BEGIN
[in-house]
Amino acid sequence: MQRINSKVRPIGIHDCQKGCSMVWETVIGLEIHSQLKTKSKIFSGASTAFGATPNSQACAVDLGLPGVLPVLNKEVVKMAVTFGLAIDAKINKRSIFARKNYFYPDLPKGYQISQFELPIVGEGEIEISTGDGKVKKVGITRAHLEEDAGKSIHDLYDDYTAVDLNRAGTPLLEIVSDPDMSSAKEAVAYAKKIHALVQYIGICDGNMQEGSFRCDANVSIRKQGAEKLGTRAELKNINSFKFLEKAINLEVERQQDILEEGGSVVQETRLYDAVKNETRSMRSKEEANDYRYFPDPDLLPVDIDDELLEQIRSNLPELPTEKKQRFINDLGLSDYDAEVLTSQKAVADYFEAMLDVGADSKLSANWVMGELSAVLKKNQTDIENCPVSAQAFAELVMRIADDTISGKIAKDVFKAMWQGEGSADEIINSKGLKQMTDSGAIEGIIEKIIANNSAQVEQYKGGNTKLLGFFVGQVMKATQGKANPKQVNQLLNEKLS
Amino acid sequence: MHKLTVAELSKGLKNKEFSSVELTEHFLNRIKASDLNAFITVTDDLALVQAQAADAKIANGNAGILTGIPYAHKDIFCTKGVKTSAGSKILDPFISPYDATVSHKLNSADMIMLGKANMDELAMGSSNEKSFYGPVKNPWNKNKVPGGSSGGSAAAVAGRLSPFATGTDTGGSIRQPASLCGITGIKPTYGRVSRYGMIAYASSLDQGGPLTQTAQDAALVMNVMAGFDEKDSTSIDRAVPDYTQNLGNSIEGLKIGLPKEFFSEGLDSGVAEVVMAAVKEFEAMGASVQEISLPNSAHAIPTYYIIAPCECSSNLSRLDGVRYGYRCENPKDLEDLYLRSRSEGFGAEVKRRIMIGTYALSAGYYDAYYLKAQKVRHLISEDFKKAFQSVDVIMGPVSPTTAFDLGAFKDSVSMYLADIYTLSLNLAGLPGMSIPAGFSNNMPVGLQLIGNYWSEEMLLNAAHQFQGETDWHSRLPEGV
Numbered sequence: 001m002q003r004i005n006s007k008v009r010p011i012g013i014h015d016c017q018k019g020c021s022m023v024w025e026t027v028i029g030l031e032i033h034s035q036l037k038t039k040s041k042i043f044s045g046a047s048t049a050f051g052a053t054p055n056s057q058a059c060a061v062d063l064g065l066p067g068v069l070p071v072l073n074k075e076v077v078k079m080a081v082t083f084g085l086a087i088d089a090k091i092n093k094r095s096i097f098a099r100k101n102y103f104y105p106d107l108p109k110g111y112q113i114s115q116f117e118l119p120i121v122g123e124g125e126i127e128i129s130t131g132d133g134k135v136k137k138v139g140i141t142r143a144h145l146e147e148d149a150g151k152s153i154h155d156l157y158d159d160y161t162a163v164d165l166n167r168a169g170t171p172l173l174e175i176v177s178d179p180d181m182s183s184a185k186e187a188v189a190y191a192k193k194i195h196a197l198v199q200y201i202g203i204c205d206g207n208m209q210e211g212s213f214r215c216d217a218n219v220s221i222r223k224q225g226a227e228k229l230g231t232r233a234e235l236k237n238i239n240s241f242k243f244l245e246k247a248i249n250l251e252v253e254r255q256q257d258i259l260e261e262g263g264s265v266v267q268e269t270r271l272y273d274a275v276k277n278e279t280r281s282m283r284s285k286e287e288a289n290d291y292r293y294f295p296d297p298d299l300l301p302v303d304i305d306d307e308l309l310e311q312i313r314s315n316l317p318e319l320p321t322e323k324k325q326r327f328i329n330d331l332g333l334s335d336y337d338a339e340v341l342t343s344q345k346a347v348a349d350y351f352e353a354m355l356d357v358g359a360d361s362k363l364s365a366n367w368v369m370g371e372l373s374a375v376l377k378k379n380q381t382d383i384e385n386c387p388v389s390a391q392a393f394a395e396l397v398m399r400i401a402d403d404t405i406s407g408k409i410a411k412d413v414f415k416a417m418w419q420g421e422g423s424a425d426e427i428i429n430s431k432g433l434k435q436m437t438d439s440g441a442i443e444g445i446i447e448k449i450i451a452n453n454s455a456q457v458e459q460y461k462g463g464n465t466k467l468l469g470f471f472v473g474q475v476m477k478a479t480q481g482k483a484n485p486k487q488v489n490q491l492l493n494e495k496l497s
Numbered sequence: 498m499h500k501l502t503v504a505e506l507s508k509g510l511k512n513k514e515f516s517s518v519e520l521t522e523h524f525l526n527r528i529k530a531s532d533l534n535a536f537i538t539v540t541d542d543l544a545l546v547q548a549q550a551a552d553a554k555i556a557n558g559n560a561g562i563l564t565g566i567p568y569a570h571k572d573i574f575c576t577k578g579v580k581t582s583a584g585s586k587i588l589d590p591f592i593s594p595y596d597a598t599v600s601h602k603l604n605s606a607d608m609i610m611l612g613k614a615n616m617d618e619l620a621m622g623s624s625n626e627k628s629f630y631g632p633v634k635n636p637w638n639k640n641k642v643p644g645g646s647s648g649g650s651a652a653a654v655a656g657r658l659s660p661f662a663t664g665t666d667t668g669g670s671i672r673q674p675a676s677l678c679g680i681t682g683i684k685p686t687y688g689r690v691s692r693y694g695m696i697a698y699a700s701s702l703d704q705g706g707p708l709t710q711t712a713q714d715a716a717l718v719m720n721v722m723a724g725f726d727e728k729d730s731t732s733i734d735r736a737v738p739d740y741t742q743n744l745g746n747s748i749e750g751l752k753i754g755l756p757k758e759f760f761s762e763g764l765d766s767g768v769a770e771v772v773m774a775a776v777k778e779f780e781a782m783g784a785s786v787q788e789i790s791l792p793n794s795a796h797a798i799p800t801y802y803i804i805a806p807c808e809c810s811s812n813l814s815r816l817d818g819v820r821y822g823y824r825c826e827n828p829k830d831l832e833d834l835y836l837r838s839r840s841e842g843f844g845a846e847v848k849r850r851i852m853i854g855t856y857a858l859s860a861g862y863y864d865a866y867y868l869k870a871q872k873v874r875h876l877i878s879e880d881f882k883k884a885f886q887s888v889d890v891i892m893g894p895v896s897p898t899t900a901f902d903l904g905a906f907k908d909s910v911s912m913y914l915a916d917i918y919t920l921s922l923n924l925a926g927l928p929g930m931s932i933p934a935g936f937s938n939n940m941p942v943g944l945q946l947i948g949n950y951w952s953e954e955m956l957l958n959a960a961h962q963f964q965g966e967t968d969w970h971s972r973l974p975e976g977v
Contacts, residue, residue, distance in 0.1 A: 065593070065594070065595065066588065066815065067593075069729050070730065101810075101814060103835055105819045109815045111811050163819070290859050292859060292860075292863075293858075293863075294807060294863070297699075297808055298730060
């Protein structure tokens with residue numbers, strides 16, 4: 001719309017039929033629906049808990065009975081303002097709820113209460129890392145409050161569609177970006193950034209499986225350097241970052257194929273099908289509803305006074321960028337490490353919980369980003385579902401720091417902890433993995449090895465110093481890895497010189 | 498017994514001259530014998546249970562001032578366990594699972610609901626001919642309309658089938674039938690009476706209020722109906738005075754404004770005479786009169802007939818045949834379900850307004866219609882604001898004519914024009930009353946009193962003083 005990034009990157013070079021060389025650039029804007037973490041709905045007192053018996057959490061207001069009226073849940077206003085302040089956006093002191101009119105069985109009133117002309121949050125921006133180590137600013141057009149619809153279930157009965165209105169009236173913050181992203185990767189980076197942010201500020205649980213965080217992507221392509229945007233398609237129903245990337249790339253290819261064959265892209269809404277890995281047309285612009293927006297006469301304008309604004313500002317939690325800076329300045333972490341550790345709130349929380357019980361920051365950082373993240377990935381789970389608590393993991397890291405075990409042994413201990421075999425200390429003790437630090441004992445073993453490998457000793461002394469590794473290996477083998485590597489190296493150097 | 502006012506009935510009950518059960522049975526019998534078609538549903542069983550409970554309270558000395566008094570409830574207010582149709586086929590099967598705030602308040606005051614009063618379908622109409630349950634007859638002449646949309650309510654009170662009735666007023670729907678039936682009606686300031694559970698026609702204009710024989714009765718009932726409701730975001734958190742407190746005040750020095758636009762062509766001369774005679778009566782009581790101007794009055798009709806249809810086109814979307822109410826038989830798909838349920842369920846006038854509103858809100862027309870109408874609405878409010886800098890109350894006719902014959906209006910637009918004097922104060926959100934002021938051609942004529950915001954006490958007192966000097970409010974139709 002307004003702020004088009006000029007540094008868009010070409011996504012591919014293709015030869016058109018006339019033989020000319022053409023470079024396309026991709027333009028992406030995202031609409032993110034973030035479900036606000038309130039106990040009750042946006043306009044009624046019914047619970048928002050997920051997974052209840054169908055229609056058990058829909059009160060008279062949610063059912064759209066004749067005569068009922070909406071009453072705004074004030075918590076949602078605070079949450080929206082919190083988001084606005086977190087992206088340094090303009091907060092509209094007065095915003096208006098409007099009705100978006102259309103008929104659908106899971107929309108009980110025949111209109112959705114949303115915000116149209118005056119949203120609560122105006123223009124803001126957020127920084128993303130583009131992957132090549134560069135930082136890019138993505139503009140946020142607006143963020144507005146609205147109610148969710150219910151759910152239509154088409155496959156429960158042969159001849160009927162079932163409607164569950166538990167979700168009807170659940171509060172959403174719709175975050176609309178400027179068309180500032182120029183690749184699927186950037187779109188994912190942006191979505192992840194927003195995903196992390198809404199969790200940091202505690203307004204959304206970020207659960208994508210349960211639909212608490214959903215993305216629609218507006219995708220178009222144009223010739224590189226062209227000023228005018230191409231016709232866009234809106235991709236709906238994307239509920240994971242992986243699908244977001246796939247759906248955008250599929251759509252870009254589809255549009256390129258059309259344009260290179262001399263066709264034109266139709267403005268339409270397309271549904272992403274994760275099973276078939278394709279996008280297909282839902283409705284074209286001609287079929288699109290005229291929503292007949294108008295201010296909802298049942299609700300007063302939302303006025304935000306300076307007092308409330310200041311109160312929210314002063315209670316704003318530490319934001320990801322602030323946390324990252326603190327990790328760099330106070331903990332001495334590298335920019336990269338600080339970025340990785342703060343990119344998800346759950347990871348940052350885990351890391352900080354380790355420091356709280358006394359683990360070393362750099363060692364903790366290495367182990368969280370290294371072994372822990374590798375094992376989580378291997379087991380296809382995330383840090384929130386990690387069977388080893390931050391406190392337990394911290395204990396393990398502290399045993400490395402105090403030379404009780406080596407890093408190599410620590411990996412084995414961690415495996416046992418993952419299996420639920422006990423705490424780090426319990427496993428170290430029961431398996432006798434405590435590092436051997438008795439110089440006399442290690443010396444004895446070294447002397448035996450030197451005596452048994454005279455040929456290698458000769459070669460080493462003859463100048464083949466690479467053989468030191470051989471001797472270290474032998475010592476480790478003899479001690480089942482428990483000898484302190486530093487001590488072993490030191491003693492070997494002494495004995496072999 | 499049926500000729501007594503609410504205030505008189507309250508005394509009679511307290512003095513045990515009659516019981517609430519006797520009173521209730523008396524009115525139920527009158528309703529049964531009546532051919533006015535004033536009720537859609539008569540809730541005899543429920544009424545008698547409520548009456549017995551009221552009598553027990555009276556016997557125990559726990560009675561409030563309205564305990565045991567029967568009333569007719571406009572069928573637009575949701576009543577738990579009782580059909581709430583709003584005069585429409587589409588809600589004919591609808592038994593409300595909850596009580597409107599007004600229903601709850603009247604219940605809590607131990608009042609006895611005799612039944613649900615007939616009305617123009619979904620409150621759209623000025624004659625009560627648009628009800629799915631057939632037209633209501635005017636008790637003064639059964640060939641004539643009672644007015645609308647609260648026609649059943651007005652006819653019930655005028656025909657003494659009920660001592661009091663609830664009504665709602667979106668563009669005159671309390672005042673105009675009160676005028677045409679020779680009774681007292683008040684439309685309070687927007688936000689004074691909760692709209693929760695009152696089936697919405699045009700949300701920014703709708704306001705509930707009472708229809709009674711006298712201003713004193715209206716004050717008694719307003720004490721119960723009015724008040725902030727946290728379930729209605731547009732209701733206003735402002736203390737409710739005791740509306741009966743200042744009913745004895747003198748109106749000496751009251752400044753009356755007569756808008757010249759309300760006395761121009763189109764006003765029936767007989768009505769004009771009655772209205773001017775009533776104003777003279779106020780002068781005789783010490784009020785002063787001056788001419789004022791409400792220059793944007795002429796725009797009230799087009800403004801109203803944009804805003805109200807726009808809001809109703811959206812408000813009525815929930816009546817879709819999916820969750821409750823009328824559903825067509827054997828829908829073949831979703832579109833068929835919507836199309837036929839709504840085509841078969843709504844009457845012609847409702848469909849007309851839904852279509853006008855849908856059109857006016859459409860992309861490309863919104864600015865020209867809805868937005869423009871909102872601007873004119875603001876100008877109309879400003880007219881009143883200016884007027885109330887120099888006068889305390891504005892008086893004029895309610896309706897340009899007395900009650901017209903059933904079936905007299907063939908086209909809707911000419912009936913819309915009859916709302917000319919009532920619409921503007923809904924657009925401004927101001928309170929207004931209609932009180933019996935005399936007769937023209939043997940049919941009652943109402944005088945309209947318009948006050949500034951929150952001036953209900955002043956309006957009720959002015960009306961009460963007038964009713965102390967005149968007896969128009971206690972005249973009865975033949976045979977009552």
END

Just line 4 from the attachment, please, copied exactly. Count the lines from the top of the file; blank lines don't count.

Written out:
Numbered sequence: 001m002q003r004i005n006s007k008v009r010p011i012g013i014h015d016c017q018k019g020c021s022m023v024w025e026t027v028i029g030l031e032i033h034s035q036l037k038t039k040s041k042i043f044s045g046a047s048t049a050f051g052a053t054p055n056s057q058a059c060a061v062d063l064g065l066p067g068v069l070p071v072l073n074k075e076v077v078k079m080a081v082t083f084g085l086a087i088d089a090k091i092n093k094r095s096i097f098a099r100k101n102y103f104y105p106d107l108p109k110g111y112q113i114s115q116f117e118l119p120i121v122g123e124g125e126i127e128i129s130t131g132d133g134k135v136k137k138v139g140i141t142r143a144h145l146e147e148d149a150g151k152s153i154h155d156l157y158d159d160y161t162a163v164d165l166n167r168a169g170t171p172l173l174e175i176v177s178d179p180d181m182s183s184a185k186e187a188v189a190y191a192k193k194i195h196a197l198v199q200y201i202g203i204c205d206g207n208m209q210e211g212s213f214r215c216d217a218n219v220s221i222r223k224q225g226a227e228k229l230g231t232r233a234e235l236k237n238i239n240s241f242k243f244l245e246k247a248i249n250l251e252v253e254r255q256q257d258i259l260e261e262g263g264s265v266v267q268e269t270r271l272y273d274a275v276k277n278e279t280r281s282m283r284s285k286e287e288a289n290d291y292r293y294f295p296d297p298d299l300l301p302v303d304i305d306d307e308l309l310e311q312i313r314s315n316l317p318e319l320p321t322e323k324k325q326r327f328i329n330d331l332g333l334s335d336y337d338a339e340v341l342t343s344q345k346a347v348a349d350y351f352e353a354m355l356d357v358g359a360d361s362k363l364s365a366n367w368v369m370g371e372l373s374a375v376l377k378k379n380q381t382d383i384e385n386c387p388v389s390a391q392a393f394a395e396l397v398m399r400i401a402d403d404t405i406s407g408k409i410a411k412d413v414f415k416a417m418w419q420g421e422g423s424a425d426e427i428i429n430s431k432g433l434k435q436m437t438d439s440g441a442i443e444g445i446i447e448k449i450i451a452n453n454s455a456q457v458e459q460y461k462g463g464n465t466k467l468l469g470f471f472v473g474q475v476m477k478a479t480q481g482k483a484n485p486k487q488v489n490q491l492l493n494e495k496l497s